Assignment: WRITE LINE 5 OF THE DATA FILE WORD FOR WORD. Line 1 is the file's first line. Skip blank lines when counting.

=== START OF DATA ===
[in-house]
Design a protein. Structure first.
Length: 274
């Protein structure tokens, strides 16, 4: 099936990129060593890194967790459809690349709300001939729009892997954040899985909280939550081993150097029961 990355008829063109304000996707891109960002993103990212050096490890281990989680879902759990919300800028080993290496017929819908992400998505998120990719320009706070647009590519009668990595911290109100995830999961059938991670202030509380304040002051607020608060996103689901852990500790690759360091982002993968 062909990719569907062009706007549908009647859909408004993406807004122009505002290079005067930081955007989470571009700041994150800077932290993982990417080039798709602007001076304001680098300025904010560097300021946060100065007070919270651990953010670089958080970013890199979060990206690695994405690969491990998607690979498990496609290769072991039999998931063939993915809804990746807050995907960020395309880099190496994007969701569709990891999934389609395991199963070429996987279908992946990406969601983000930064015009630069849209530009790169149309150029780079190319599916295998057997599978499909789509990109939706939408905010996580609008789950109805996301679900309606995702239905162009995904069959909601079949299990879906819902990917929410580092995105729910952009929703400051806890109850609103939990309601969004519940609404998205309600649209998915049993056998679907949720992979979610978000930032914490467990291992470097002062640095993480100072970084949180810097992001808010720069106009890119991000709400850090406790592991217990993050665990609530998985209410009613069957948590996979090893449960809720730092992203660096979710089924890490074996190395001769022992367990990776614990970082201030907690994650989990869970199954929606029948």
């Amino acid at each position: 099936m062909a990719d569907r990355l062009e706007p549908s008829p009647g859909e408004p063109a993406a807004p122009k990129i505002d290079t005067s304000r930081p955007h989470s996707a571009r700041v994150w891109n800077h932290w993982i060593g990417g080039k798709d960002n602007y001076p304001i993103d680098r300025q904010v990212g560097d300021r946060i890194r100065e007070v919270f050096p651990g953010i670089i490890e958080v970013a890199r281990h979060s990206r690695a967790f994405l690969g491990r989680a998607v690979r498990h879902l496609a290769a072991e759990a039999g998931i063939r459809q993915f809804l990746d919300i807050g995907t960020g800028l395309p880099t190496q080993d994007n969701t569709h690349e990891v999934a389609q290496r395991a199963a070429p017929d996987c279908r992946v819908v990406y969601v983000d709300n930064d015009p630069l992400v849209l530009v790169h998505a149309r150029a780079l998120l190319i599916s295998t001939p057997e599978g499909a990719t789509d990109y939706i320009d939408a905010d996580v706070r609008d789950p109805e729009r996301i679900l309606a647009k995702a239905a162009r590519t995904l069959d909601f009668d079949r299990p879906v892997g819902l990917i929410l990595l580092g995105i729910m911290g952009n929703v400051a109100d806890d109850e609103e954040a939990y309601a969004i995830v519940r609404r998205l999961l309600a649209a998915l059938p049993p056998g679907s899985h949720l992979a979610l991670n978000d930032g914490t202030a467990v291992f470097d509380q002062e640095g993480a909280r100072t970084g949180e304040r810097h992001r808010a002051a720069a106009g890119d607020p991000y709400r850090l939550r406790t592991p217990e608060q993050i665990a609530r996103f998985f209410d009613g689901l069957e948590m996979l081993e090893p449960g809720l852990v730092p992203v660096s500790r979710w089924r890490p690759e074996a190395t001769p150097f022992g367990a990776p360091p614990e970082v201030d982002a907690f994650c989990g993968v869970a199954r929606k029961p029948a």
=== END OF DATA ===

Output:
């Amino acid at each position: 099936m062909a990719d569907r990355l062009e706007p549908s008829p009647g859909e408004p063109a993406a807004p122009k990129i505002d290079t005067s304000r930081p955007h989470s996707a571009r700041v994150w891109n800077h932290w993982i060593g990417g080039k798709d960002n602007y001076p304001i993103d680098r300025q904010v990212g560097d300021r946060i890194r100065e007070v919270f050096p651990g953010i670089i490890e958080v970013a890199r281990h979060s990206r690695a967790f994405l690969g491990r989680a998607v690979r498990h879902l496609a290769a072991e759990a039999g998931i063939r459809q993915f809804l990746d919300i807050g995907t960020g800028l395309p880099t190496q080993d994007n969701t569709h690349e990891v999934a389609q290496r395991a199963a070429p017929d996987c279908r992946v819908v990406y969601v983000d709300n930064d015009p630069l992400v849209l530009v790169h998505a149309r150029a780079l998120l190319i599916s295998t001939p057997e599978g499909a990719t789509d990109y939706i320009d939408a905010d996580v706070r609008d789950p109805e729009r996301i679900l309606a647009k995702a239905a162009r590519t995904l069959d909601f009668d079949r299990p879906v892997g819902l990917i929410l990595l580092g995105i729910m911290g952009n929703v400051a109100d806890d109850e609103e954040a939990y309601a969004i995830v519940r609404r998205l999961l309600a649209a998915l059938p049993p056998g679907s899985h949720l992979a979610l991670n978000d930032g914490t202030a467990v291992f470097d509380q002062e640095g993480a909280r100072t970084g949180e304040r810097h992001r808010a002051a720069a106009g890119d607020p991000y709400r850090l939550r406790t592991p217990e608060q993050i665990a609530r996103f998985f209410d009613g689901l069957e948590m996979l081993e090893p449960g809720l852990v730092p992203v660096s500790r979710w089924r890490p690759e074996a190395t001769p150097f022992g367990a990776p360091p614990e970082v201030d982002a907690f994650c989990g993968v869970a199954r929606k029961p029948a």